Miss Floribunda: Getting a jump on jumping worms
Dear Miss Floribunda,
My new next-door neighbor has come up here from Georgia. She has been bagging the leaves she’s raked for pickup, rather than composting them. She says in Georgia they only use pine straw as mulch, to deter “jumping worms.” She says they are as invasive and destructive as kudzu down there, and like kudzu, have moved north and west. Unlike kudzu, however, they don’t mind cold weather and are unstoppable. I don’t like to panic, but I would like to know how much of a threat they are.
Is there any way to recognize them when they aren’t jumping? Could they possibly hurt me or my family?
Worried About Worms on Madison Street
Dear Worried About Worms,
The jumping worm, Amynthas agrestis, arrived on our shores from Asia back in the late 19th century in dirt used for ship ballast, as well as among imported plants. It advances very slowly on its own, but continued use of these worms as bait by fishermen, as well as sale and gift exchange of plants across state lines, has helped spread them.
This worm is particularly prevalent in unsterilized mulch and has presented a serious problem in southern forests and gardens for awhile. Over time, the jumping worm has gotten as far north as Minnesota and as far west as Kansas.
The jumping worm is not difficult to identify. It is larger than the earthworm, about 6 inches long, and instead of having a pinkish-orange, slightly raised band (clitellum) around its middle, it has a flatter, whitish one.
You need not worry about it attacking you, although it could startle you when it jumps.
The real problem is what it does and does not do to the soil. Our beneficial earthworms burrow down deeply and break up the soil, aerating it and improving its texture, while incorporating nutrients from the organic matter they ingest and excrete. Jumping worms do not go far into the soil but stay near the surface and leave their highly erodible castings on top of the soil. These look like coffee grounds and are a sure sign of the presence of these invaders, who reproduce at an alarming rate and displace beneficial worms. Soil fertility and moisture retention is reduced, and these worms and their castings are toxic to the microbial subsoil ecosystem — with far-reaching consequences.
This degraded soil is then taken over by invasive plant species that do not support beneficial insects and animals. For some still undetermined reason, few birds will prey on these worms. Possums, moles and snakes will eat them, but there are any number of reasons you might not want to invite them into your garden.
I consulted an expert in helminthology, Dr. Vermicelli Dolitter. When asked if pine straw mulch was an effective deterrent, Dr. Dolitter replied that all mulch attracts them, and that it is advisable to heat-treat whatever mulch you do use before spreading it.
Of course, unlike Dr. Dolitter, we don’t have a laboratory with special kilns. Although you can heat soil to 150 F in your oven in covered pans, this is painstakingly slow and potentially messy. If you can afford it, you might invest in a portable steam or electric sterilizer. Another method, traditionally used by golf courses, is to apply tea seed meal from camellias to eliminate worms. This also destroys earthworms you want to keep, so it isn’t to be recommended. For the same reason, the method of heat-treating soil by placing plastic sheeting on it is not prudent.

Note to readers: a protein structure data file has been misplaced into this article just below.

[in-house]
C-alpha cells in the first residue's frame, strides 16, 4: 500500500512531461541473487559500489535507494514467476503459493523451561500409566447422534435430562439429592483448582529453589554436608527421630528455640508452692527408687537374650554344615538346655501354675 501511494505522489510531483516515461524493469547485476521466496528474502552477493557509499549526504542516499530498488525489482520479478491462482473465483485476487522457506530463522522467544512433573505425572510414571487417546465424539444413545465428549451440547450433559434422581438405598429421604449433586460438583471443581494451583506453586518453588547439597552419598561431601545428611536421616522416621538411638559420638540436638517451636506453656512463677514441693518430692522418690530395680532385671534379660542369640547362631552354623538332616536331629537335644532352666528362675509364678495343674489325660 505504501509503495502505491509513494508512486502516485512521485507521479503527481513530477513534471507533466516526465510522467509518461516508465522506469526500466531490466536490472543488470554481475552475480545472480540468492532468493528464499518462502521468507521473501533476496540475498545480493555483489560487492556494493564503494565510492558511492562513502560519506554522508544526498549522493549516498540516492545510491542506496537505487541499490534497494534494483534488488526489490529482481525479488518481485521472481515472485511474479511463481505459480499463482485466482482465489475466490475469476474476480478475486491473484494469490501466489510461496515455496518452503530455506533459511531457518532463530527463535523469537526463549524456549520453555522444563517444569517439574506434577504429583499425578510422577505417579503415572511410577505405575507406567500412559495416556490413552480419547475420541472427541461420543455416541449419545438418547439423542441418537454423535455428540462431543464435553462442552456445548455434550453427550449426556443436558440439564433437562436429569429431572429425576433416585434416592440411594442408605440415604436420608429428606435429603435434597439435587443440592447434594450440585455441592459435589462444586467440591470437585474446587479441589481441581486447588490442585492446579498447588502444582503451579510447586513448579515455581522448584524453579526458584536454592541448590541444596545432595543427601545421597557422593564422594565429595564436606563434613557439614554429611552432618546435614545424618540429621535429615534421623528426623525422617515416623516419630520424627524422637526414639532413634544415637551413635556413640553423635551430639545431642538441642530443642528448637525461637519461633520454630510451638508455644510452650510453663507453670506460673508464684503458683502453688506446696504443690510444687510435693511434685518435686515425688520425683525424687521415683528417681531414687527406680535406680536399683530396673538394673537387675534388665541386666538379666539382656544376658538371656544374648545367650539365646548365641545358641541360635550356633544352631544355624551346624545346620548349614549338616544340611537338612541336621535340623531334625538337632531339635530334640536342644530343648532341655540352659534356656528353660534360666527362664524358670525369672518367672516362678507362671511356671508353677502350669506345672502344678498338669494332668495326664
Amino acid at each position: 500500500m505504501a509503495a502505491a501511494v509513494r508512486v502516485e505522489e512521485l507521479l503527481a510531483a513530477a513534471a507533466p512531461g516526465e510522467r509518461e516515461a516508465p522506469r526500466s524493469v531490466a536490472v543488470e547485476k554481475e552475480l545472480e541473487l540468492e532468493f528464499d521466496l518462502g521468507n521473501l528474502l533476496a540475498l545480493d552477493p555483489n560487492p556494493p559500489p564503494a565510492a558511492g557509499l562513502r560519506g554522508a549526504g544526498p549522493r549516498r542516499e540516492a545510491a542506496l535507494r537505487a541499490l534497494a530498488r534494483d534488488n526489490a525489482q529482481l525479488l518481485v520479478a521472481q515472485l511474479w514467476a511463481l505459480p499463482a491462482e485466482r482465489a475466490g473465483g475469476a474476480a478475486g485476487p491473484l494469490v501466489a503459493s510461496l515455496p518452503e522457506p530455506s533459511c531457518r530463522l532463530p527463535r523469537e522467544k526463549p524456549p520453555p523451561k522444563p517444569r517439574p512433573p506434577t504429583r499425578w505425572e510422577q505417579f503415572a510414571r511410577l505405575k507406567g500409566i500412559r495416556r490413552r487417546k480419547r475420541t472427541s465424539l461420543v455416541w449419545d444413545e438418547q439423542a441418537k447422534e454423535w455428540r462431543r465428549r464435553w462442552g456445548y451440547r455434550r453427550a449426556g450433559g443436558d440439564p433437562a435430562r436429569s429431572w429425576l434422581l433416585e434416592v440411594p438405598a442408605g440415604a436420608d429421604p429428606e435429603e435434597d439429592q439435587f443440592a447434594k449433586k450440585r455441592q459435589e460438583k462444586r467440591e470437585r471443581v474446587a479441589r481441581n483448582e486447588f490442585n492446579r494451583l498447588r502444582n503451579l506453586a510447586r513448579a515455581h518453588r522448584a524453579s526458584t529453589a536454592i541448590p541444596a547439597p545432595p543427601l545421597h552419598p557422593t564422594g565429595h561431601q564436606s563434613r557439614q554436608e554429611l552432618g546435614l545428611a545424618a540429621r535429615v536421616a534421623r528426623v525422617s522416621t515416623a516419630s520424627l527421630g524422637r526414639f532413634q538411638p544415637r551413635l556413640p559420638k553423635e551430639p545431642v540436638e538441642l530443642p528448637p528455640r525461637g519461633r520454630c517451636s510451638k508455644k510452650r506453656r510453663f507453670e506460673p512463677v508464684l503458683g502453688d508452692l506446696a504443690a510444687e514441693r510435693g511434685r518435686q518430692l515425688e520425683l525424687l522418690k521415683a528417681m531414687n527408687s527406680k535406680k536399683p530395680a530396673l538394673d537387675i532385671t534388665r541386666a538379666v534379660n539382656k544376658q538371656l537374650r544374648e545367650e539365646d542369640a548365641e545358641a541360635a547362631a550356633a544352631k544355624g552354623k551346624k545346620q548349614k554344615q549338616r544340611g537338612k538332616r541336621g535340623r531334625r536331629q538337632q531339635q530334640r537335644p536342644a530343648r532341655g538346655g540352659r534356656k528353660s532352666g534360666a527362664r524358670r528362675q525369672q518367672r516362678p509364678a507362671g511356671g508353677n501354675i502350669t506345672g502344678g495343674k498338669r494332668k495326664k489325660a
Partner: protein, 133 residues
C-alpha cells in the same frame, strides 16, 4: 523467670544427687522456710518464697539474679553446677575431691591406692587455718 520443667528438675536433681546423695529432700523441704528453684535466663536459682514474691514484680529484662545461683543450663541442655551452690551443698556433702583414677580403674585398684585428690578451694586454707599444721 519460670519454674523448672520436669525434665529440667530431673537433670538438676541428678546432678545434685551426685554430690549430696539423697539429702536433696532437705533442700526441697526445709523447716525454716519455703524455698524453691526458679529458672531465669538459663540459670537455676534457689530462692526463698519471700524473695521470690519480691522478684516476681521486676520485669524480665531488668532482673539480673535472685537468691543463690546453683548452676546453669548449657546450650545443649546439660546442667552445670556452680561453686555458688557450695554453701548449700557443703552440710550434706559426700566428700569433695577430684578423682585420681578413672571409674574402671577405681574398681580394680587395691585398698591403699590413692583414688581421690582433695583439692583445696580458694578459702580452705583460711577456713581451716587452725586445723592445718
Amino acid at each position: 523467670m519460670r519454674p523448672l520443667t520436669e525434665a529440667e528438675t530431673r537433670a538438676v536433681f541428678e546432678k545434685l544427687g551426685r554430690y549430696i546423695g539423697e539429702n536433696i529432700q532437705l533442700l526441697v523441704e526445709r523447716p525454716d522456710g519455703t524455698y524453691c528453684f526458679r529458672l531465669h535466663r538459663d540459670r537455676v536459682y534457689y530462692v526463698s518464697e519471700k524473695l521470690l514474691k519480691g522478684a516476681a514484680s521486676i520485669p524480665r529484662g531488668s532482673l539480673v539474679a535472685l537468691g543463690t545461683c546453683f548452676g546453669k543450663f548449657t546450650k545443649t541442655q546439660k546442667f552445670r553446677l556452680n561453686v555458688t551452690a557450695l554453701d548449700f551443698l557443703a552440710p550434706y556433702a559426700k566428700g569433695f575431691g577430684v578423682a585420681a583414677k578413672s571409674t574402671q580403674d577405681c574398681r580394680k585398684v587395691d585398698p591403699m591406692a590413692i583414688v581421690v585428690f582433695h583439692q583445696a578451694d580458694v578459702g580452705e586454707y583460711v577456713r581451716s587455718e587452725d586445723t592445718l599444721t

Hand-picking is unpleasant and difficult because of these worms’ wild wriggling, but Dr. Dolitter told me how to bring the worms to the surface of the soil to do so: Mix 1/3 cup of ground mustard seed into a gallon of water and pour it over the soil you suspect might harbor them. They will rise to the surface immediately — but don’t think the mustard mixture will kill them or their eggs.
Dr. Dolitter told me that because there is no magic bullet for this pest, prevention is paramount. Don’t make piles of leaves to create an attractive smorgasbord for them, but rather leave your leaf litter on the ground. Be careful not to move any plants from an infected area into any other part of the garden, and sterilize any tools you’ve used. Order bare root plants only. If you give or receive plants as gifts, wash their roots before repotting in sterilized soil. Most important, clean your shoes carefully after walks in fields or gardens. While the worms themselves die over the course of the winter, their egg-filled cocoons do not. Peppercorn-sized, they are often transported by means of footwear they attach to. These will hatch in early spring. So, even though the adult worms themselves don’t move very far, you should be careful not to further their invasion of our landscape by spreading their eggs.
Now, as far as I know, this worm has not been spotted in Hyattsville. If you do find any — and they’d be most visible in fall — please report your finding to the University of Maryland extension service. Your photos can be posted to their Early Detection and Distribution Mapping System, eddmaps.org.
To discuss this, as well as pleasanter gardening matters, please come to the next meeting of the Hyattsville Horticultural Society at 10 a.m. on Nov. 19. It will take place in the garden of Mary Jane Stevens and Bob Meyers, 3925 Nicholson Street, and will feature a wreath-making workshop.